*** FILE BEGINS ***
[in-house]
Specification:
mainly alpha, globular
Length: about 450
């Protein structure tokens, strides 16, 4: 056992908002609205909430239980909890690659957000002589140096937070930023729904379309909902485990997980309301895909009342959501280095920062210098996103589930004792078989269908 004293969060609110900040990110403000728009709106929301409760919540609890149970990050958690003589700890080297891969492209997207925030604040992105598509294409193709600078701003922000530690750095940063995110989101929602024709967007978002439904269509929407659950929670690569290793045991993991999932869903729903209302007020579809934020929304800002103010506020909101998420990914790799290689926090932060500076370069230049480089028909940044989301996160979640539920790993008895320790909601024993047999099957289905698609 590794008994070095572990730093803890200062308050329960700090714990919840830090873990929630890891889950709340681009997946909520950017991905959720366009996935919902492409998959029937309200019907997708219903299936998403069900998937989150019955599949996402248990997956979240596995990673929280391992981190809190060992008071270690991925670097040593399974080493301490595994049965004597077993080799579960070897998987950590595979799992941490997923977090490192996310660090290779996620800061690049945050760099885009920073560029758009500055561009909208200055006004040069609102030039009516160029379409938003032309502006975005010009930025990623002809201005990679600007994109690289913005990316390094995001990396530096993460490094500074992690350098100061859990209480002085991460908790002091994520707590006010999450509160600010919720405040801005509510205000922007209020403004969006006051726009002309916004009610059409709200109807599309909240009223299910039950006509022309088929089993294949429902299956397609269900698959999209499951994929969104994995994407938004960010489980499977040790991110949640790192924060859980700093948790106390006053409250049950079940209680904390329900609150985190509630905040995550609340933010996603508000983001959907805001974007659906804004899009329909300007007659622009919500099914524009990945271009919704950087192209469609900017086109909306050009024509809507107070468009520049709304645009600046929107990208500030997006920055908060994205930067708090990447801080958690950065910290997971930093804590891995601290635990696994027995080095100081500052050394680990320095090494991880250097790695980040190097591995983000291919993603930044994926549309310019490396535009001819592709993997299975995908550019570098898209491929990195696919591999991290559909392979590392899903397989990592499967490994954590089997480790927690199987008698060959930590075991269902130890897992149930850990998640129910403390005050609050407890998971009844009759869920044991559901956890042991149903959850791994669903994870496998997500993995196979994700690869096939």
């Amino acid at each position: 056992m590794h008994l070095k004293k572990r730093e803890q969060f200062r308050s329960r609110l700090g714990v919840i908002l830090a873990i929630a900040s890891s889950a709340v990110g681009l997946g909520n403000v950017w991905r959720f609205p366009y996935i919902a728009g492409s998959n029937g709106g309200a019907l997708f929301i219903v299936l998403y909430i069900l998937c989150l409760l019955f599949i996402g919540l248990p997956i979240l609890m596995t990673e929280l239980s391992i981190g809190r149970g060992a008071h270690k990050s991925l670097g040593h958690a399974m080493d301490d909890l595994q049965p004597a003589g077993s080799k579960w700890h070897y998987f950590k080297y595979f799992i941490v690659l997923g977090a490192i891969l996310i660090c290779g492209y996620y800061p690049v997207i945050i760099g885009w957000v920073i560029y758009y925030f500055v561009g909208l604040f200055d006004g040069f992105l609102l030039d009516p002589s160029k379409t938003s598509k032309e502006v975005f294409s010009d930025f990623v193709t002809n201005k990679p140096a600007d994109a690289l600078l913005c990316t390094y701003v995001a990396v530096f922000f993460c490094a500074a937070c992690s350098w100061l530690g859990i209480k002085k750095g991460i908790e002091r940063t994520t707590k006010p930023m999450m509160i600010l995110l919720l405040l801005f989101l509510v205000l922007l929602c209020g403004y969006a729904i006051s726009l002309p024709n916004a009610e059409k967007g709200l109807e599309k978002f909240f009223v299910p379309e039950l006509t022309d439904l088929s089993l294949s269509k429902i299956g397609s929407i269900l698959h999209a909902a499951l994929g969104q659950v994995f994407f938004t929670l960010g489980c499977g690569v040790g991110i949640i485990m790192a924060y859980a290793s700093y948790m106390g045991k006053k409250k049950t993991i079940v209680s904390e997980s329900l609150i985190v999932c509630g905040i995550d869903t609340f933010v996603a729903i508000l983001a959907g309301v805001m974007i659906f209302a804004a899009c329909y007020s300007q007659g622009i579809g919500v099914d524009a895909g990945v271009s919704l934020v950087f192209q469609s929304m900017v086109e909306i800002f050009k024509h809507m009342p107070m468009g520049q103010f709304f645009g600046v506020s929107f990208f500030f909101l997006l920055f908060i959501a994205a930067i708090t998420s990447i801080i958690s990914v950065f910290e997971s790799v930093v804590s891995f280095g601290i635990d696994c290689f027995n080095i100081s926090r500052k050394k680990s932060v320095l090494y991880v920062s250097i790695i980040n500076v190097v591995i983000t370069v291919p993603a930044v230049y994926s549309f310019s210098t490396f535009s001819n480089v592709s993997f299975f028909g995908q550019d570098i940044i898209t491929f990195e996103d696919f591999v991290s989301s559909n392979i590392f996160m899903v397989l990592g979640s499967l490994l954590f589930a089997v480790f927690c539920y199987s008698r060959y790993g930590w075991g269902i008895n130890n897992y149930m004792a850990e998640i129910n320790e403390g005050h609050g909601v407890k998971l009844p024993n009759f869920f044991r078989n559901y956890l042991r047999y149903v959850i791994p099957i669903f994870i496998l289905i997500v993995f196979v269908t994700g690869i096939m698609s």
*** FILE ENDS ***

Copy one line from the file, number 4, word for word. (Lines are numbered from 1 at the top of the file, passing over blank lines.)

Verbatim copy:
Length: about 450